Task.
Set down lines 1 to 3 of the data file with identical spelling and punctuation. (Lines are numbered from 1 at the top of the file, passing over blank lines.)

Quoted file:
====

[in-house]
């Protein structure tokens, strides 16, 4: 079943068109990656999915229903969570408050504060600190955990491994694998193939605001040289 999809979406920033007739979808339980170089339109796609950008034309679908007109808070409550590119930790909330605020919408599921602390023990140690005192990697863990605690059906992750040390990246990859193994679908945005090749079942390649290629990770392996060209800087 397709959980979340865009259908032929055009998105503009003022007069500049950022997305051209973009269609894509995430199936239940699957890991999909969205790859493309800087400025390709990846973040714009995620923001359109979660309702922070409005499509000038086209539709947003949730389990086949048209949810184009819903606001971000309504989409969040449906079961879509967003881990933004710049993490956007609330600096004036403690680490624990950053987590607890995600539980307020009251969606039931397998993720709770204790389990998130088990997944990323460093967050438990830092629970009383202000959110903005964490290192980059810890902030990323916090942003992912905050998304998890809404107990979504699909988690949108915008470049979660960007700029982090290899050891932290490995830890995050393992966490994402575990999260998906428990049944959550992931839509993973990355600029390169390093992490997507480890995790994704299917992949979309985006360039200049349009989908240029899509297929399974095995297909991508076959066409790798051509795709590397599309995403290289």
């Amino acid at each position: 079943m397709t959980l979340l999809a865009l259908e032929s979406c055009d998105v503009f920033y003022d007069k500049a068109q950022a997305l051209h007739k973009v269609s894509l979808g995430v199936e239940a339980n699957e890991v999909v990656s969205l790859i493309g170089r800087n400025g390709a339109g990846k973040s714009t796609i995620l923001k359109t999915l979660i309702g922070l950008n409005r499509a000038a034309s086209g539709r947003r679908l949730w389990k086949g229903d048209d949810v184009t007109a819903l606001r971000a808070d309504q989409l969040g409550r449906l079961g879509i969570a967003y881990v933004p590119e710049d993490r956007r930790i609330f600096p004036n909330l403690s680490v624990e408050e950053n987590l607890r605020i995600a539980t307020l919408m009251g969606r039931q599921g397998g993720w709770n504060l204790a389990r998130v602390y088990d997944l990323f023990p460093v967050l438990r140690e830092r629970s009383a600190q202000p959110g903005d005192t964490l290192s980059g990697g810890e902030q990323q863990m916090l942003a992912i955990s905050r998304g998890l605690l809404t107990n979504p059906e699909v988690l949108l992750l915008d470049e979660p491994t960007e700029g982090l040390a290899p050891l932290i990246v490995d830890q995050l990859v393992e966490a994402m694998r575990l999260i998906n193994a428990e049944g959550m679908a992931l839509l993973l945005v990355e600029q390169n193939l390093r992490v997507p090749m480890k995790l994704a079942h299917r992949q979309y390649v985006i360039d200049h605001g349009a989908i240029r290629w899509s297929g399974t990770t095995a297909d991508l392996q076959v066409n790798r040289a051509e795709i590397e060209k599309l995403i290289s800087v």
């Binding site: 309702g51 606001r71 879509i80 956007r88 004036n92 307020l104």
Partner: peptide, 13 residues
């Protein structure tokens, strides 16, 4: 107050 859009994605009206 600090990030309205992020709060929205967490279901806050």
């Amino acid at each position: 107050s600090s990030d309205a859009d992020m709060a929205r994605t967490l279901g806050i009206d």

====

[in-house]
């Protein structure tokens, strides 16, 4: 079943068109990656999915229903969570408050504060600190955990491994694998193939605001040289 999809979406920033007739979808339980170089339109796609950008034309679908007109808070409550590119930790909330605020919408599921602390023990140690005192990697863990605690059906992750040390990246990859193994679908945005090749079942390649290629990770392996060209800087 397709959980979340865009259908032929055009998105503009003022007069500049950022997305051209973009269609894509995430199936239940699957890991999909969205790859493309800087400025390709990846973040714009995620923001359109979660309702922070409005499509000038086209539709947003949730389990086949048209949810184009819903606001971000309504989409969040449906079961879509967003881990933004710049993490956007609330600096004036403690680490624990950053987590607890995600539980307020009251969606039931397998993720709770204790389990998130088990997944990323460093967050438990830092629970009383202000959110903005964490290192980059810890902030990323916090942003992912905050998304998890809404107990979504699909988690949108915008470049979660960007700029982090290899050891932290490995830890995050393992966490994402575990999260998906428990049944959550992931839509993973990355600029390169390093992490997507480890995790994704299917992949979309985006360039200049349009989908240029899509297929399974095995297909991508076959066409790798051509795709590397599309995403290289």
């Amino acid at each position: 079943m397709t959980l979340l999809a865009l259908e032929s979406c055009d998105v503009f920033y003022d007069k500049a068109q950022a997305l051209h007739k973009v269609s894509l979808g995430v199936e239940a339980n699957e890991v999909v990656s969205l790859i493309g170089r800087n400025g390709a339109g990846k973040s714009t796609i995620l923001k359109t999915l979660i309702g922070l950008n409005r499509a000038a034309s086209g539709r947003r679908l949730w389990k086949g229903d048209d949810v184009t007109a819903l606001r971000a808070d309504q989409l969040g409550r449906l079961g879509i969570a967003y881990v933004p590119e710049d993490r956007r930790i609330f600096p004036n909330l403690s680490v624990e408050e950053n987590l607890r605020i995600a539980t307020l919408m009251g969606r039931q599921g397998g993720w709770n504060l204790a389990r998130v602390y088990d997944l990323f023990p460093v967050l438990r140690e830092r629970s009383a600190q202000p959110g903005d005192t964490l290192s980059g990697g810890e902030q990323q863990m916090l942003a992912i955990s905050r998304g998890l605690l809404t107990n979504p059906e699909v988690l949108l992750l915008d470049e979660p491994t960007e700029g982090l040390a290899p050891l932290i990246v490995d830890q995050l990859v393992e966490a994402m694998r575990l999260i998906n193994a428990e049944g959550m679908a992931l839509l993973l945005v990355e600029q390169n193939l390093r992490v997507p090749m480890k995790l994704a079942h299917r992949q979309y390649v985006i360039d200049h605001g349009a989908i240029r290629w899509s297929g399974t990770t095995a297909d991508l392996q076959v066409n790798r040289a051509e795709i590397e060209k599309l995403i290289s800087v």